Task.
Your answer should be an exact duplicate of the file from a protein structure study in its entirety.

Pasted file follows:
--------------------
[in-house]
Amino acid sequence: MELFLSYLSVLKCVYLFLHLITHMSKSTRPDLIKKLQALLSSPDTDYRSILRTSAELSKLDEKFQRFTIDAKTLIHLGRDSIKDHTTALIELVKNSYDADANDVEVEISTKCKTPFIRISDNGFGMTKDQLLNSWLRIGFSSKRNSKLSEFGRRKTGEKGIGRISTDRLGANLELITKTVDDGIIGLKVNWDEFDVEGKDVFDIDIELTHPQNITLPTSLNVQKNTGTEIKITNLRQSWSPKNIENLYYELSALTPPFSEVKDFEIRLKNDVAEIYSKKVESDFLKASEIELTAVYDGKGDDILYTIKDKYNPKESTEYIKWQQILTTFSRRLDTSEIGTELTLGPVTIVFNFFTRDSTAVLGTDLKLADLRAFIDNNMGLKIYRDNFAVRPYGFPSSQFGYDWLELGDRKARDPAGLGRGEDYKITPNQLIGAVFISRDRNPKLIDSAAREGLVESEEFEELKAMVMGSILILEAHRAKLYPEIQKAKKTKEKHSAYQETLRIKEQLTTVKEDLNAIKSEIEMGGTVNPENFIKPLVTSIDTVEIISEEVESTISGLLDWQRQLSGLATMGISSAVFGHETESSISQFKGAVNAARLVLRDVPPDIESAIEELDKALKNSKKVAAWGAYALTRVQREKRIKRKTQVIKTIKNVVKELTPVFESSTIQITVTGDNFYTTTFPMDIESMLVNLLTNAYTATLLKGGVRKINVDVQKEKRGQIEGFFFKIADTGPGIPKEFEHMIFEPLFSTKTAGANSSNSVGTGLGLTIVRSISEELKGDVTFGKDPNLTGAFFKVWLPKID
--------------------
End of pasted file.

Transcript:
[in-house]
Amino acid sequence: MELFLSYLSVLKCVYLFLHLITHMSKSTRPDLIKKLQALLSSPDTDYRSILRTSAELSKLDEKFQRFTIDAKTLIHLGRDSIKDHTTALIELVKNSYDADANDVEVEISTKCKTPFIRISDNGFGMTKDQLLNSWLRIGFSSKRNSKLSEFGRRKTGEKGIGRISTDRLGANLELITKTVDDGIIGLKVNWDEFDVEGKDVFDIDIELTHPQNITLPTSLNVQKNTGTEIKITNLRQSWSPKNIENLYYELSALTPPFSEVKDFEIRLKNDVAEIYSKKVESDFLKASEIELTAVYDGKGDDILYTIKDKYNPKESTEYIKWQQILTTFSRRLDTSEIGTELTLGPVTIVFNFFTRDSTAVLGTDLKLADLRAFIDNNMGLKIYRDNFAVRPYGFPSSQFGYDWLELGDRKARDPAGLGRGEDYKITPNQLIGAVFISRDRNPKLIDSAAREGLVESEEFEELKAMVMGSILILEAHRAKLYPEIQKAKKTKEKHSAYQETLRIKEQLTTVKEDLNAIKSEIEMGGTVNPENFIKPLVTSIDTVEIISEEVESTISGLLDWQRQLSGLATMGISSAVFGHETESSISQFKGAVNAARLVLRDVPPDIESAIEELDKALKNSKKVAAWGAYALTRVQREKRIKRKTQVIKTIKNVVKELTPVFESSTIQITVTGDNFYTTTFPMDIESMLVNLLTNAYTATLLKGGVRKINVDVQKEKRGQIEGFFFKIADTGPGIPKEFEHMIFEPLFSTKTAGANSSNSVGTGLGLTIVRSISEELKGDVTFGKDPNLTGAFFKVWLPKID